The fluctuation signal of the strip exit thickness was observed in the low-frequency excitation section where the rolling mill dynamic stiffness works well (Fig. 8). As the dynamic response of the actuator was exceeded, the thickness deviation could not be fully compensated; thus, the dynamic stiffness control system was weakened.

3.2. Influence of the amplitude of thickness difference excitation on vibration

According to a statistical analysis of the rolling field, the fluctuation amplitude of incoming thickness difference of different strips can vary between 10 and 50 μm. To study the influence of the excitation amplitude of the gauge difference on the vibration of the rolling mill, the vibrations of the lower roll system of the mill were calculated with and without dynamic stiffness compensation at various excitation amplitudes.

Evidently, under low-frequency excitation, the vibration of the roller system was enhanced by adding dynamic stiffness compensation (Fig. 9). The excitation amplitude of the incoming thickness difference increased linearly with the vibration velocity of the roll system. Additionally, with increasing excitation amplitude, the difference in vibration velocity caused by dynamic stiffness compensation increased.

Fig. 9Influence of 30 Hz thickness difference excitation amplitude on vibration

Influence of 30 Hz thickness difference excitation amplitude on vibration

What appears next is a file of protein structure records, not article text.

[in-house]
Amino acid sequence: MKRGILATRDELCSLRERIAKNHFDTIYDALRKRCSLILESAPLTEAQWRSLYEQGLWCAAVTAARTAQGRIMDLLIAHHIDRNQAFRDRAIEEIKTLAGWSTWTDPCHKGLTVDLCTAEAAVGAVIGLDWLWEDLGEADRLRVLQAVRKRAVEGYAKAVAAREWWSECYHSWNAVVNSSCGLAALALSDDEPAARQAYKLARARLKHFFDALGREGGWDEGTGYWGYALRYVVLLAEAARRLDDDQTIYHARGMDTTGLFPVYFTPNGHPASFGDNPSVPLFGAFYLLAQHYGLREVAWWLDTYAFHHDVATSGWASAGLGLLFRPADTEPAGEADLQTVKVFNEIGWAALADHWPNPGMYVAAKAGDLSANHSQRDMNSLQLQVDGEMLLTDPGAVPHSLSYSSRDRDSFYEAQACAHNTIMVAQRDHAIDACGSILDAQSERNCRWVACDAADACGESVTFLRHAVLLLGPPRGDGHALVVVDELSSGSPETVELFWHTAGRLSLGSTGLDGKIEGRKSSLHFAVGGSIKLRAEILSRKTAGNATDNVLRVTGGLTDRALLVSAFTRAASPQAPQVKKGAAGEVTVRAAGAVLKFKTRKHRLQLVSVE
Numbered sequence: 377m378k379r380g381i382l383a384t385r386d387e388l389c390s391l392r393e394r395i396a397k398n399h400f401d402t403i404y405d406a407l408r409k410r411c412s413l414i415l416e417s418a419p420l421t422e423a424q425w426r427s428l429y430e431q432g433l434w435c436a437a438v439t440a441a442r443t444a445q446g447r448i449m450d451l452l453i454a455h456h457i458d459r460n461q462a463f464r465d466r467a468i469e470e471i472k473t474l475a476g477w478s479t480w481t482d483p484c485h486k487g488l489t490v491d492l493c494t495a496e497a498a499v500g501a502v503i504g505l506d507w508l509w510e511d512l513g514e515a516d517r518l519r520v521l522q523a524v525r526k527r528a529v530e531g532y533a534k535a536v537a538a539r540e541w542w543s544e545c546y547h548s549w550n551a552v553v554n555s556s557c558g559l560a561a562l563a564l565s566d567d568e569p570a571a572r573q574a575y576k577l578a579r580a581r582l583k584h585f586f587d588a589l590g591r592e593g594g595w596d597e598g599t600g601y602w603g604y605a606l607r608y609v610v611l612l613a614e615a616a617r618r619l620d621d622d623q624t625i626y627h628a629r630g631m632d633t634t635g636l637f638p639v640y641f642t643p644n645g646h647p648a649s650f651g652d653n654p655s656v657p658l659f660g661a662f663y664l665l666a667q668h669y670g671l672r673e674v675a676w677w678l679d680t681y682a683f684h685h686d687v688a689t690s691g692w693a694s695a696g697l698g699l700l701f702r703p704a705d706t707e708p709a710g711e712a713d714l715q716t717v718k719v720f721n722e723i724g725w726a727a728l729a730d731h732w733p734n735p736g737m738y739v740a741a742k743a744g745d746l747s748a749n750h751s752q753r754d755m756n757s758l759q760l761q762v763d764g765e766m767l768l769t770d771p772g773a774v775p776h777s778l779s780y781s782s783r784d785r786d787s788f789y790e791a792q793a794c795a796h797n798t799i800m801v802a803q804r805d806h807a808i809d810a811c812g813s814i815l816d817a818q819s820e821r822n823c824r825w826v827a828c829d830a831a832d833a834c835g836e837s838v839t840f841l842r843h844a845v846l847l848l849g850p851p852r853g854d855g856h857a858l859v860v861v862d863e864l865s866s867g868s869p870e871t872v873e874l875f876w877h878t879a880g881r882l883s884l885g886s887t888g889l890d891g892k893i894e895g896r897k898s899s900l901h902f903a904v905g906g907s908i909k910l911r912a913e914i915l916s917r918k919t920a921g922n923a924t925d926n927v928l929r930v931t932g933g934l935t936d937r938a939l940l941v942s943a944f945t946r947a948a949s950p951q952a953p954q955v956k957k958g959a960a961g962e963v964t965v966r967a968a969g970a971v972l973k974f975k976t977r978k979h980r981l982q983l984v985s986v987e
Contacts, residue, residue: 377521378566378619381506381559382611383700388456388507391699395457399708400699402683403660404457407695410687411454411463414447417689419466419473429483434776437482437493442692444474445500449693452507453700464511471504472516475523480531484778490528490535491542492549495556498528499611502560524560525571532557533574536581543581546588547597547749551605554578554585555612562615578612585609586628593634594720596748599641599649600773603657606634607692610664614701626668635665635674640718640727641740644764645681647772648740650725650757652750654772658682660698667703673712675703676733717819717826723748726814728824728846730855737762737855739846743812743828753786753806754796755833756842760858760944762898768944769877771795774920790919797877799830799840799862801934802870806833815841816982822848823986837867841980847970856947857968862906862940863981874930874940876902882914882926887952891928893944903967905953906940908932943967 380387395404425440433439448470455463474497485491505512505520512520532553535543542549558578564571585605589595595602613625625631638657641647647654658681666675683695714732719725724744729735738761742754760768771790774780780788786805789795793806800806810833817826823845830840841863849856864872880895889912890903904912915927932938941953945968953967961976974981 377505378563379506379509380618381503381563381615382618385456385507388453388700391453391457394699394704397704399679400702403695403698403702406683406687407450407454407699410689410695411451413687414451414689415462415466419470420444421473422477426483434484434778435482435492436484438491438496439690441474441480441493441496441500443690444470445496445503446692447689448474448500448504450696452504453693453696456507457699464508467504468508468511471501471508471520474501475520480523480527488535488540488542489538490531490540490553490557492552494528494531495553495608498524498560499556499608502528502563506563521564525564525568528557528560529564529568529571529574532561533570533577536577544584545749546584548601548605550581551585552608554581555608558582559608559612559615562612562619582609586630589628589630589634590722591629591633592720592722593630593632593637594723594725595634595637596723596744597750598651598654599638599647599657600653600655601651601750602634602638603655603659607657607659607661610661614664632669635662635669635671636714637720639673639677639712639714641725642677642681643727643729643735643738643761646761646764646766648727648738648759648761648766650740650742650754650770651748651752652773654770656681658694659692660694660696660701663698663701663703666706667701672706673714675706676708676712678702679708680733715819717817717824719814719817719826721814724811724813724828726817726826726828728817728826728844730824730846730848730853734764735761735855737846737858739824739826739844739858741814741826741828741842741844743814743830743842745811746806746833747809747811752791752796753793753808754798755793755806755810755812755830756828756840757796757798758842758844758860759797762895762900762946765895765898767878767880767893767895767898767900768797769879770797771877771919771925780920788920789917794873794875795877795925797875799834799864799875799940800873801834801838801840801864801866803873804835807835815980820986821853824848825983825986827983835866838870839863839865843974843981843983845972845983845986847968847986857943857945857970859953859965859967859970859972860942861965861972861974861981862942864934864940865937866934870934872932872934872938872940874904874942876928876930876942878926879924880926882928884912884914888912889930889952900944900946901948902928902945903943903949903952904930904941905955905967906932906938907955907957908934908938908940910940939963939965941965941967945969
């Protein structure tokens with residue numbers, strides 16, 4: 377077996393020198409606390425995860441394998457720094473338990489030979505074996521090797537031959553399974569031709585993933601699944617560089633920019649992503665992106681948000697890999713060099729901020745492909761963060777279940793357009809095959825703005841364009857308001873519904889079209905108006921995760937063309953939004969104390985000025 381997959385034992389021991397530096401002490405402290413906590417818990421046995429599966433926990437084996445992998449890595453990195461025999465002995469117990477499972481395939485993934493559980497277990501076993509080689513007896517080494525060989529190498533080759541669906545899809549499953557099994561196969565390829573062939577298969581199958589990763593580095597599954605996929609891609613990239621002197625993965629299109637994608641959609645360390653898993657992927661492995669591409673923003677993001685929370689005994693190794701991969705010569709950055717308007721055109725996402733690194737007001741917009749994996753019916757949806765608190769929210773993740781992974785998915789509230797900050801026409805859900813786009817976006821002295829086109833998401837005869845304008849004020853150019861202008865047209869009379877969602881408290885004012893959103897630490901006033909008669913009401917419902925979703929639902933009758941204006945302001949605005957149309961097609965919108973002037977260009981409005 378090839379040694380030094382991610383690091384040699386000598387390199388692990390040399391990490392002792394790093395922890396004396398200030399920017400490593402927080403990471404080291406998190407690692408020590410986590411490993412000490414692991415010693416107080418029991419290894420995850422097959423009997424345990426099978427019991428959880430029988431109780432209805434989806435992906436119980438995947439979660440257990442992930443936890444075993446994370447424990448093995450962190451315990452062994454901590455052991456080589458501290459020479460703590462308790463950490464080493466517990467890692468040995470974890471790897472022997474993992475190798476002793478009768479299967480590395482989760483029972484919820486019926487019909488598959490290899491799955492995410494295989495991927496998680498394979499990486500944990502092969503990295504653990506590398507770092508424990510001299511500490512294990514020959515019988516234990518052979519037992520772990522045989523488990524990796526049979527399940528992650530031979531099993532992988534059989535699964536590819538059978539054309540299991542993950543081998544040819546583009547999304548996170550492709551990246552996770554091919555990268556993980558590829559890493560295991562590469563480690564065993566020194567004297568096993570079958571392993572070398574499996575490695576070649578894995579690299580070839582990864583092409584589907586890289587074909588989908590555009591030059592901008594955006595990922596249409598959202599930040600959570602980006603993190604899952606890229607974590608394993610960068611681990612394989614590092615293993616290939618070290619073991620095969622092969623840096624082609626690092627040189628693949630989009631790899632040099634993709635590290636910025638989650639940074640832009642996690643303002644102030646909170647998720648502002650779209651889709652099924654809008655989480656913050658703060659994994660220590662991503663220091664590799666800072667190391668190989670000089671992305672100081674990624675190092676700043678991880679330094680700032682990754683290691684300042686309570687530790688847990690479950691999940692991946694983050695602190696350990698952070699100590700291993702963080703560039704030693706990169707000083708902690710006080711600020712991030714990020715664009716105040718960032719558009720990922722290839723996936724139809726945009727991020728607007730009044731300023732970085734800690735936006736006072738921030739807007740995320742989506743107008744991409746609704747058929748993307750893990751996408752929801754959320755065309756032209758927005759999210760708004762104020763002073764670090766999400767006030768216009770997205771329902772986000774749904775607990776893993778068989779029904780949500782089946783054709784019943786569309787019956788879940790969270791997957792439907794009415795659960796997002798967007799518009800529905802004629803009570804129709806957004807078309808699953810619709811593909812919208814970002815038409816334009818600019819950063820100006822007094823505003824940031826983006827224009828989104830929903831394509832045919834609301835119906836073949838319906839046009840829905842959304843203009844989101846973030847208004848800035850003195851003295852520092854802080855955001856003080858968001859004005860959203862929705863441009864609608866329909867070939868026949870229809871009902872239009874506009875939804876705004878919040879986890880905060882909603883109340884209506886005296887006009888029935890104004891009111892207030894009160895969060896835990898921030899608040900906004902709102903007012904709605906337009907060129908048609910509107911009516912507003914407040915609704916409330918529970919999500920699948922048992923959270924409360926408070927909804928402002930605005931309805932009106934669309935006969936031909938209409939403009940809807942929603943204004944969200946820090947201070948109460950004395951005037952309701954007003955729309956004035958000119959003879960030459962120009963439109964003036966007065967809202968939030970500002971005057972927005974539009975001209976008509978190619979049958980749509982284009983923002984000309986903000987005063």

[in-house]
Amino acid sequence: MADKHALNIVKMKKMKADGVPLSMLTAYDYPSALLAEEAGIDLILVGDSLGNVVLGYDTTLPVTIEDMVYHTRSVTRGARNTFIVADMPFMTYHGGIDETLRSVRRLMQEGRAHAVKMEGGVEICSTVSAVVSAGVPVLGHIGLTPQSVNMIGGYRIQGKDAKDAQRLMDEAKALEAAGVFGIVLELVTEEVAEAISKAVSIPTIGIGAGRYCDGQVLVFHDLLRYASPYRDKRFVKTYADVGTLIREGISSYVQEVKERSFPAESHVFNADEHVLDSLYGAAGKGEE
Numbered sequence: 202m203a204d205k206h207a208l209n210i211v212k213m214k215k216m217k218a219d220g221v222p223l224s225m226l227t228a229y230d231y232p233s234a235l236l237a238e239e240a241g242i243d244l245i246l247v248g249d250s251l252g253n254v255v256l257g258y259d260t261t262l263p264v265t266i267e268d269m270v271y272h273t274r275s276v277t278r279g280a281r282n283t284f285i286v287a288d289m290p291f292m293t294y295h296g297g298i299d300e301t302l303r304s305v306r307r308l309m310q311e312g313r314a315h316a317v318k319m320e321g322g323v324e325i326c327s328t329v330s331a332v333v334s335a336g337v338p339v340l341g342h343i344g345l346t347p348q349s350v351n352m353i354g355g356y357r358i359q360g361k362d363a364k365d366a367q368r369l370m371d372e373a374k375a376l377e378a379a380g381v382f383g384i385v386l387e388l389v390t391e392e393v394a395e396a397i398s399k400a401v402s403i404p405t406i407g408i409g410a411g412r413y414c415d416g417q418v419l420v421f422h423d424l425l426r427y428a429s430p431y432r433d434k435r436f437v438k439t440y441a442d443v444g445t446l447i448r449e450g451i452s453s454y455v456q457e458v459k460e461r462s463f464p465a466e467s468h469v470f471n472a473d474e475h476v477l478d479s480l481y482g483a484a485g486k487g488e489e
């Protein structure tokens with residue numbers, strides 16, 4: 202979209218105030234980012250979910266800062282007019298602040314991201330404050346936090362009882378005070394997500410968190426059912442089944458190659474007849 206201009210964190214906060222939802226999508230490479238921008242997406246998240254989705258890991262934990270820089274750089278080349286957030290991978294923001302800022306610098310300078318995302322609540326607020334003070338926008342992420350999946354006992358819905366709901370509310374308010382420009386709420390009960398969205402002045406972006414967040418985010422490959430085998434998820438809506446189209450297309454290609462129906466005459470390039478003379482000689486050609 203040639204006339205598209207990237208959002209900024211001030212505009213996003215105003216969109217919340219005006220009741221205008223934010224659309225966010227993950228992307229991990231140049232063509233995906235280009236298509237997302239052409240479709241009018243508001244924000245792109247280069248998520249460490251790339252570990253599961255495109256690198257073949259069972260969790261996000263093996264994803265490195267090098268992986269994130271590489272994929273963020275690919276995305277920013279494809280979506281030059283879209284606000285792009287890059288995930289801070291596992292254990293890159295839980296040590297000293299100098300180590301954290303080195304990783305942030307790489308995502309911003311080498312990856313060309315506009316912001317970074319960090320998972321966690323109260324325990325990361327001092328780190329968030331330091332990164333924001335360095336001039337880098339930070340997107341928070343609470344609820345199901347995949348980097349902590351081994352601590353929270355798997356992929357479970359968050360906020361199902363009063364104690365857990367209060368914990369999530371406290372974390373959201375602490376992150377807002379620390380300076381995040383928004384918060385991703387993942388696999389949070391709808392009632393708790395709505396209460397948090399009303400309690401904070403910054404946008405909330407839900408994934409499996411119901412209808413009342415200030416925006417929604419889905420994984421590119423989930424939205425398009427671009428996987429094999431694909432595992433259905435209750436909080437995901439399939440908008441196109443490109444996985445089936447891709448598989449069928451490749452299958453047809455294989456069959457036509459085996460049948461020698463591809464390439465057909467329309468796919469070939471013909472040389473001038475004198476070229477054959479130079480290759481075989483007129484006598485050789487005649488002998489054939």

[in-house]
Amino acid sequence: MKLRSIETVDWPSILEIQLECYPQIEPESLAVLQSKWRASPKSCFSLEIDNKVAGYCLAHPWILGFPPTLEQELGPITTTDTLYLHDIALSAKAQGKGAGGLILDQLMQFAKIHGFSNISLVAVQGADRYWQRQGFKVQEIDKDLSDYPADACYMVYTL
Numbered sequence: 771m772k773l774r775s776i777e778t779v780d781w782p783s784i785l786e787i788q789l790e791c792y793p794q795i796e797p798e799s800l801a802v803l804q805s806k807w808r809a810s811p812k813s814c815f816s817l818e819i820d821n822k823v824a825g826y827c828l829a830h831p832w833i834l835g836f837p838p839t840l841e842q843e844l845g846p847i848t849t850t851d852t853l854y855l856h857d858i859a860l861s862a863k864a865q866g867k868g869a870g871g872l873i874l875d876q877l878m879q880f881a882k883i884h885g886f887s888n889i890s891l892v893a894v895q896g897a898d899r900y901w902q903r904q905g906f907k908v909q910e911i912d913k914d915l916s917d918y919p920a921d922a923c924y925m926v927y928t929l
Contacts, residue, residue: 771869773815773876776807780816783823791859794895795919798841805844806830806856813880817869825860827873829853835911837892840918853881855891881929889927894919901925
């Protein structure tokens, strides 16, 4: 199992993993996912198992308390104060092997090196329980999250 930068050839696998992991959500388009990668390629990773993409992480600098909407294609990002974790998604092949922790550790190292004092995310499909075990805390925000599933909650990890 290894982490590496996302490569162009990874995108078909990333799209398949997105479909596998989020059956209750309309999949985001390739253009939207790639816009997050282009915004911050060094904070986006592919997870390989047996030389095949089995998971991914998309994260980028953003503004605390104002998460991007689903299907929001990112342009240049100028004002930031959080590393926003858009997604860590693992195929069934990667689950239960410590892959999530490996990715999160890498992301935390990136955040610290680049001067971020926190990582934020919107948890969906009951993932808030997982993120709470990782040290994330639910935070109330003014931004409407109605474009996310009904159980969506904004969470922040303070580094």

Fig. 10Influence of 64 Hz thickness difference excitation amplitude on vibration

Influence of 64 Hz thickness difference excitation amplitude on vibration

Evidently, with the increase in excitation frequency near approximately 64 Hz, both the vibration and vibration amplitude of the roller system increased (Fig. 10). Simultaneously, dynamic stiffness compensation was added to restrain vibration. Furthermore, the vibration velocity of the roll system and excitation amplitude of the incoming thickness difference exhibited a negative linear relationship.

Evidently, the vibration of the roller system was most intense when the excitation frequency was similar to the natural frequency of 121 Hz (Fig. 11). The vibration increased upon adding dynamic stiffness compensation. Thus, a linear relationship exists between the vibration velocity of the roll system and the excitation amplitude of the incoming thickness difference.

Fig. 11Influence of 121 Hz thickness difference excitation amplitude on vibration

Influence of 121 Hz thickness difference excitation amplitude on vibration

Fig. 12Effect of excitation phase change on roller system vibration

Effect of excitation phase change  on roller system vibration

3.3. Effect of excitation phase change on vertical vibration

Fig. 12 reveals that the change in the phase excited by the gauge difference did not affect the vibration frequency or amplitude of the rolling mill, and the vibration effects on the system were identical.

3.4. Influence of dynamic stiffness parameters on vertical vibration

When the thickness deviation is in the low-frequency range and the dynamic stiffness compensation is effective (for example, at 30 Hz), the dynamic stiffness compensation coefficient changes as described by the hydraulic–mechanical coupling simulation model with dynamic stiffness compensation, where K represents the variable stiffness compensation coefficient. This model can be applied to determine the natural, hard, and superhard characteristic when K is 0, 0.5 and 1, respectively, thereby obtaining the simulation curves of the parameters of the coupling system. The piston rod displacement, rolling force fluctuation, and roll system vibration signals of the system model are shown in Fig. 13.